3 September 2014

The deteriorating situation in Iraq and Syria, including an apparent beheading by IS of a second American citizen and a threat of a similar fate to a British hostage, is slowly increasing public support for RAF air strikes against IS. Based on a fairly small sample of 703 adults, by YouGov for The Sun, the figure now stands at 47%, ten points up on 10-11 August (when the question was first asked by YouGov), with 31% disapproval and 22% undecided. Support for Britain supplying arms to Iraqi and Kurdish forces fighting IS has also increased, from 28% on 11-12 August to 39% on 3 September, with 37% opposed and 24% uncertain. However, there was no greater enthusiasm than in previous polls for Britain and the USA deploying ground troops in Iraq to combat IS (with 20% in favour and 58% against, the same split as on 14-15 August). Data tables are at:

A tracker of YouGov’s recent polling on Iraq and IS is at:

Scottish religion

Further evidence that religion is on the wane in Scotland is provided by two new data sources from the Scottish Government.

The proportion of adult Scots who profess no religion stood at 46% in 2013, up by six points since 2009, according to the report and tables from the 2013 Scottish Household Survey, published on 13 August 2014, for which 9,920 individuals were interviewed. There was a corresponding fall over the same period in allegiance to the Church of Scotland, from 34% to 28%, while the number of Roman Catholics remained unchanged, at 15%. Respondents were also asked about their experience of discrimination and harassment. Discrimination was reported by 7% of all Scots but by 10% of Catholics and Christians other than Church of Scotland, and by 21% of non-Christians. For harassment the national average was 6% but 14% among non-Christians. Further information is contained in tables 2.2, 4.18, and 4.19 and in figure 2.1 at:

The majority of marriages in Scotland in 2013 were solemnized in civil ceremonies, as they have been in every year since 2005. The proportion now stands at three times the level it did in 1946-50. The principal reason why ‘religious’ weddings remain reasonably common, at 49% in 2013, is that the total is inflated by those conducted by humanist and other ‘non-religious’ celebrants, a practice which is legal in Scotland, but not yet in England and Wales. Indeed, representatives of the Humanist Society of Scotland alone officiated at 3,185 marriages in Scotland in 2013, not far short of the 4,616 celebrated by Church of Scotland ministers. If humanist and other belief weddings are excluded, then the proportion which might be considered ‘religious’, on a more conventional definition of organized religion, is reduced to 37%, the equivalent figure in 1946-50 being 83%. The fall in religious marriages has been absolute as well as relative. Whereas in the immediate aftermath of the Second World War there were an average of 35,700 per annum, there were just 10,300 in 2013, on a like-for-like basis. Weddings conducted in the Kirk have more than halved in the decade 2003-13. Details are provided in Vital Events Reference Tables 7.5, 7.6, and 7.7, published by the General Register Office for Scotland on 14 August 2014 at:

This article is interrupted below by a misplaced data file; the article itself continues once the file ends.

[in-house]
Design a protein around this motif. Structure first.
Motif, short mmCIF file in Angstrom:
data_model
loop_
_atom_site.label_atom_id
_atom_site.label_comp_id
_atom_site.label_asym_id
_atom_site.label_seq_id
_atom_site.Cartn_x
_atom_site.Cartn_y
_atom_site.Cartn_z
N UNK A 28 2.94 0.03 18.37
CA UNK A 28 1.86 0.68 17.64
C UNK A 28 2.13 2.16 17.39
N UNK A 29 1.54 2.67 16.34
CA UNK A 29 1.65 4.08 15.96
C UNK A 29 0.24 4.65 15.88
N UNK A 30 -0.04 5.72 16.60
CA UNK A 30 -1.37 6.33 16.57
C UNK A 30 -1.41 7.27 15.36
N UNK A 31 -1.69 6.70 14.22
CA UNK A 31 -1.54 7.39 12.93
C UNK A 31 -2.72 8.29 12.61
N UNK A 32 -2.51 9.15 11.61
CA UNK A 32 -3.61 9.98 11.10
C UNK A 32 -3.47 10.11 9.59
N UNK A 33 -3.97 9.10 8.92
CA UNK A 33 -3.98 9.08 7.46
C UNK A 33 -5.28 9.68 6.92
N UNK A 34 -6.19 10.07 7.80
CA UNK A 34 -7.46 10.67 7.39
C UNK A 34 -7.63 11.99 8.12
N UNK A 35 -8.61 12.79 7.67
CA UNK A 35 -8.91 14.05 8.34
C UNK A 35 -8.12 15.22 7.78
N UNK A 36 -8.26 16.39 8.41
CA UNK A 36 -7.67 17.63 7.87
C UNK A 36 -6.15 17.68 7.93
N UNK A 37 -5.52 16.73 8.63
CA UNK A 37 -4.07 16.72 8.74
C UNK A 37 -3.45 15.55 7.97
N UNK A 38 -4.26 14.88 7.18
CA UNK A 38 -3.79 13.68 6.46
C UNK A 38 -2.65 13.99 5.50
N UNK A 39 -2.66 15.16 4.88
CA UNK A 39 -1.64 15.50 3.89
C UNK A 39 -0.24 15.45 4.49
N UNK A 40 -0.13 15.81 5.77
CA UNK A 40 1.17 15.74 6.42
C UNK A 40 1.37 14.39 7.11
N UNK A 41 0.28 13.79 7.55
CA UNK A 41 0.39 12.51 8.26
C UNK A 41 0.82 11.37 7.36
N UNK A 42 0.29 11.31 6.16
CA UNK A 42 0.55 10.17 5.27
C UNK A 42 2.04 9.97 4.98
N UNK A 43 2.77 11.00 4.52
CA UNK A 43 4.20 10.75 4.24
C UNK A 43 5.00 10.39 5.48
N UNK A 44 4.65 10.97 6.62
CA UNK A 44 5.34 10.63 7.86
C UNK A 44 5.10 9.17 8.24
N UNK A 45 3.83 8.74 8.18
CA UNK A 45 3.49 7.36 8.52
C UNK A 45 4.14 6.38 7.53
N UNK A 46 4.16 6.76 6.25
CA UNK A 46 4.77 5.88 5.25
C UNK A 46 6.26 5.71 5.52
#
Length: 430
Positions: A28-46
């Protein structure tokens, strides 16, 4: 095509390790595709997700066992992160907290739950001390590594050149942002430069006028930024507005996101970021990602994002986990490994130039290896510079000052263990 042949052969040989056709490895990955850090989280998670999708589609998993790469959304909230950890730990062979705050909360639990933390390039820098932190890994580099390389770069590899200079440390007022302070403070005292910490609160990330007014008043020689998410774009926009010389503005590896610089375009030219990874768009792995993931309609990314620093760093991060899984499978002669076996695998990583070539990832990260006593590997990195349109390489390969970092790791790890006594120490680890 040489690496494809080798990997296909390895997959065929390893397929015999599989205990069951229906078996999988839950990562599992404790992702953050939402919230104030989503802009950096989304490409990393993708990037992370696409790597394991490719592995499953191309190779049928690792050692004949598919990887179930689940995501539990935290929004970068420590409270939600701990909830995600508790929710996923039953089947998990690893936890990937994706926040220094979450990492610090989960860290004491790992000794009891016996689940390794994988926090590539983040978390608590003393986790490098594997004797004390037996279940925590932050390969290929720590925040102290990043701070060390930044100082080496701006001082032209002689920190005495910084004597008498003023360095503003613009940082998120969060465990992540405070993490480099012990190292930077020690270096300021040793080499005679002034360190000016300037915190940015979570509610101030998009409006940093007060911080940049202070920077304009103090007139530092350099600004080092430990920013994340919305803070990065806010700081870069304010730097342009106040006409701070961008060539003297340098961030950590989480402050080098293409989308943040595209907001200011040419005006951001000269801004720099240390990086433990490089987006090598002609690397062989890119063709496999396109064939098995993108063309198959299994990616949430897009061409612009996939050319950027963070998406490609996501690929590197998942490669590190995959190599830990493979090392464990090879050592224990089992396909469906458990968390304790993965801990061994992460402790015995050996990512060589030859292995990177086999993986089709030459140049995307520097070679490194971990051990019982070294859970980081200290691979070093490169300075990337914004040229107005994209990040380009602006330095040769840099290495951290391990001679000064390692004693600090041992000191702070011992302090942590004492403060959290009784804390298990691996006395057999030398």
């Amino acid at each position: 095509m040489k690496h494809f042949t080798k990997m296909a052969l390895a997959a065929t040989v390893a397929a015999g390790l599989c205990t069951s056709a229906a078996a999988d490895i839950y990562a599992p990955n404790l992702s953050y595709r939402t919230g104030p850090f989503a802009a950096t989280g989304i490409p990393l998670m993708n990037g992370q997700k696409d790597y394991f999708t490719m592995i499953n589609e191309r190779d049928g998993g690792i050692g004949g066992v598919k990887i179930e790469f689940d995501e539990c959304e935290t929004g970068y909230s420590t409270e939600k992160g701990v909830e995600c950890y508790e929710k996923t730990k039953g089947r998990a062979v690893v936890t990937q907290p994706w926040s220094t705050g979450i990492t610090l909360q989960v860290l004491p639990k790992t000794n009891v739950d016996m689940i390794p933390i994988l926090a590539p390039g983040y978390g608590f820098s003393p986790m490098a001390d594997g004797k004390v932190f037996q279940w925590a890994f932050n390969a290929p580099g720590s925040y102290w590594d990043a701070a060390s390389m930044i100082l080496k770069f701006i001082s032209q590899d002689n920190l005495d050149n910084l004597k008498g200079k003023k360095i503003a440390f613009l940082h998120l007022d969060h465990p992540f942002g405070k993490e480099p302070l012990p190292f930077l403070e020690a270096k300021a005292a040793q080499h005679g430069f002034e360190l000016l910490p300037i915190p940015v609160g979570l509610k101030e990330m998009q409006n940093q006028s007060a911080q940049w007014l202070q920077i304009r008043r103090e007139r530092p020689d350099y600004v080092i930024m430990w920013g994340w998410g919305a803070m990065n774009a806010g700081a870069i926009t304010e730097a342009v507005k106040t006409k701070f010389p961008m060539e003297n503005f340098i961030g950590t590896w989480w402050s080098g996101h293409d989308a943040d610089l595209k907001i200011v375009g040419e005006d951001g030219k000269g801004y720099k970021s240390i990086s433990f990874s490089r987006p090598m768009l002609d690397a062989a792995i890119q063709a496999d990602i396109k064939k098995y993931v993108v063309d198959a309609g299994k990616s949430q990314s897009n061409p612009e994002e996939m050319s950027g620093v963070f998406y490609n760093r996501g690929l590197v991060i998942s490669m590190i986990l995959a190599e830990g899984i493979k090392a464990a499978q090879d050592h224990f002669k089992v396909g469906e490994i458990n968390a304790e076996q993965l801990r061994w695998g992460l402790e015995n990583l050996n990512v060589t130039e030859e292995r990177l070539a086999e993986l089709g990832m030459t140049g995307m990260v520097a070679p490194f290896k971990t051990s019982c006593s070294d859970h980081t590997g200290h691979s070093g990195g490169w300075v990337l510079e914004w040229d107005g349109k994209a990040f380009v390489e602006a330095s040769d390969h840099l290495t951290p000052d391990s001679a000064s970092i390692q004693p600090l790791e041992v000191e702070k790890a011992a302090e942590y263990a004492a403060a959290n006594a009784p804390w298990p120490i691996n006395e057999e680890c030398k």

Trust in religious institutions

Surveys have consistently demonstrated that the under-25s are the least religious of all age groups, regardless of the measure of religiosity which is used. New research from Survation for Sky News, based on 1,004 online interviews with Britons aged 16-24 on 21-26 August 2014, has now revealed that they also tend to mistrust religious institutions, relative to other national institutions. The question asked was: ‘which of the following institutions do you trust to address your concerns/needs?’ Topline results are summarized in the table below. Distrust in religious institutions was especially high among prospective UKIP voters and residents of Wales, Scotland, and Southern England outside London (the capital itself recording 43% trust). For more detail, see tables 42-49 at:



Not trust

National Health Service






Social services



Local authorities









Religious institutions



Mainstream media




British Religion in Numbers: All the material published on this website is subject to copyright. We explain further here.